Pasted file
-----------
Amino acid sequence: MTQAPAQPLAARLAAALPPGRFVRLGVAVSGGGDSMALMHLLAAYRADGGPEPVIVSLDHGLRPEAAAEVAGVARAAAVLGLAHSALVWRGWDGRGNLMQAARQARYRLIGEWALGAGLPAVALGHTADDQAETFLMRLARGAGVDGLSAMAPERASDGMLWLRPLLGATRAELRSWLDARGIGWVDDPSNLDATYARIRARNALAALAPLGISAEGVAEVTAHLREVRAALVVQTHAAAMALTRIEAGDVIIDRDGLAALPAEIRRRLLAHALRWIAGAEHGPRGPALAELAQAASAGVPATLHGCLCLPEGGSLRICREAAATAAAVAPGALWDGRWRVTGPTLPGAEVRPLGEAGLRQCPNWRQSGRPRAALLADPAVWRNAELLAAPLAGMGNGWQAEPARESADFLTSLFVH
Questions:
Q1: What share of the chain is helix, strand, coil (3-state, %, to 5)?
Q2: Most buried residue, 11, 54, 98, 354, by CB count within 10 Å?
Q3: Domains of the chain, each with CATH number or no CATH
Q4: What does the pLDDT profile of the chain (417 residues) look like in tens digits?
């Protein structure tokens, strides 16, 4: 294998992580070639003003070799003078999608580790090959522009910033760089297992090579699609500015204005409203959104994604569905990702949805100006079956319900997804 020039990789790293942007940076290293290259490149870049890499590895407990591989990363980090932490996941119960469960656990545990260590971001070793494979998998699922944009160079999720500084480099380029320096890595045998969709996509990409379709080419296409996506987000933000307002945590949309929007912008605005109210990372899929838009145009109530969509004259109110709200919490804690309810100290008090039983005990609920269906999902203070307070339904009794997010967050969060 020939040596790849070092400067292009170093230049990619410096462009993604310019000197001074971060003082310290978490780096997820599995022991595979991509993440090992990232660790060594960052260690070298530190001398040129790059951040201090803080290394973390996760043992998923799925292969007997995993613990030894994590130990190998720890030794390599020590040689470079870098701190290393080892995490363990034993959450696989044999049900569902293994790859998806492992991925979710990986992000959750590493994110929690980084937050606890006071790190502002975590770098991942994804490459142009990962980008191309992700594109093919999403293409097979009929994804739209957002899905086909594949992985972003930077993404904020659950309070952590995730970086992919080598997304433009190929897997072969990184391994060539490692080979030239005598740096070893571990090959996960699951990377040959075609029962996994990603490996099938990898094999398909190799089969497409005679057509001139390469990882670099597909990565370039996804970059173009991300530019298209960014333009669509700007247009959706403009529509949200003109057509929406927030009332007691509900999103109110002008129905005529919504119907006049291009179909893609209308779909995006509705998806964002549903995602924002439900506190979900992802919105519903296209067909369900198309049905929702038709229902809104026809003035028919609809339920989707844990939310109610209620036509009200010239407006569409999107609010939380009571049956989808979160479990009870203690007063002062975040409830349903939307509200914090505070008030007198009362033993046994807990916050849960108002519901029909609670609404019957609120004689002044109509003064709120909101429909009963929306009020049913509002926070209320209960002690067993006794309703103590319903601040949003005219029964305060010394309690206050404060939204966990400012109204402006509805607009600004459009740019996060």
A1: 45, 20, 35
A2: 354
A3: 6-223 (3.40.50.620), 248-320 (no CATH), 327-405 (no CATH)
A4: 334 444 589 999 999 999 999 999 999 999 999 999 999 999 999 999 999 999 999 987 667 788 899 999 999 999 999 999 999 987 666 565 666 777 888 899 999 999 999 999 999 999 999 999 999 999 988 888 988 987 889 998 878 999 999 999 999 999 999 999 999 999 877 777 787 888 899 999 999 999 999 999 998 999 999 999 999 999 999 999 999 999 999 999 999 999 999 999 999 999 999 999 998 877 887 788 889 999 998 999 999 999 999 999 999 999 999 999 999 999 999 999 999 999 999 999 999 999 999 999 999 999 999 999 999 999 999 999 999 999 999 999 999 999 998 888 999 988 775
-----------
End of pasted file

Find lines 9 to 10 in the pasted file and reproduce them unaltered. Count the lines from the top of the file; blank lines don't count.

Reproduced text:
A2: 354
A3: 6-223 (3.40.50.620), 248-320 (no CATH), 327-405 (no CATH)